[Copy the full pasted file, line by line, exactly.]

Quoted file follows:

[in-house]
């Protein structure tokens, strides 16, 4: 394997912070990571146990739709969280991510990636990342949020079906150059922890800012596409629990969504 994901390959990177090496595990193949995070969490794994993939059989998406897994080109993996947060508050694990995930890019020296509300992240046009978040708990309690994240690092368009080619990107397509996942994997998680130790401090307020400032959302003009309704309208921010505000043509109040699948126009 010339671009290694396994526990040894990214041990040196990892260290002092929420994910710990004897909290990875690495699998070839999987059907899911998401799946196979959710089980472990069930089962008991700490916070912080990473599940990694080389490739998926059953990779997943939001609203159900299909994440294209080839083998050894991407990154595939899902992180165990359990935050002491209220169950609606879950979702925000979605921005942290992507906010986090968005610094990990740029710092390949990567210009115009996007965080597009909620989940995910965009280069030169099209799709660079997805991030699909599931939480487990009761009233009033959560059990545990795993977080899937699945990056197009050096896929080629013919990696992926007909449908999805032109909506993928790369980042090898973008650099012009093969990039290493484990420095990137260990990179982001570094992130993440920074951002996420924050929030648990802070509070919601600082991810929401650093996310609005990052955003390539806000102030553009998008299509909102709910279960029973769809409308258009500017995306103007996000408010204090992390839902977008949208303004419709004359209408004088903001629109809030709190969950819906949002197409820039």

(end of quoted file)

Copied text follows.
[in-house]
């Protein structure tokens, strides 16, 4: 394997912070990571146990739709969280991510990636990342949020079906150059922890800012596409629990969504 994901390959990177090496595990193949995070969490794994993939059989998406897994080109993996947060508050694990995930890019020296509300992240046009978040708990309690994240690092368009080619990107397509996942994997998680130790401090307020400032959302003009309704309208921010505000043509109040699948126009 010339671009290694396994526990040894990214041990040196990892260290002092929420994910710990004897909290990875690495699998070839999987059907899911998401799946196979959710089980472990069930089962008991700490916070912080990473599940990694080389490739998926059953990779997943939001609203159900299909994440294209080839083998050894991407990154595939899902992180165990359990935050002491209220169950609606879950979702925000979605921005942290992507906010986090968005610094990990740029710092390949990567210009115009996007965080597009909620989940995910965009280069030169099209799709660079997805991030699909599931939480487990009761009233009033959560059990545990795993977080899937699945990056197009050096896929080629013919990696992926007909449908999805032109909506993928790369980042090898973008650099012009093969990039290493484990420095990137260990990179982001570094992130993440920074951002996420924050929030648990802070509070919601600082991810929401650093996310609005990052955003390539806000102030553009998008299509909102709910279960029973769809409308258009500017995306103007996000408010204090992390839902977008949208303004419709004359209408004088903001629109809030709190969950819906949002197409820039």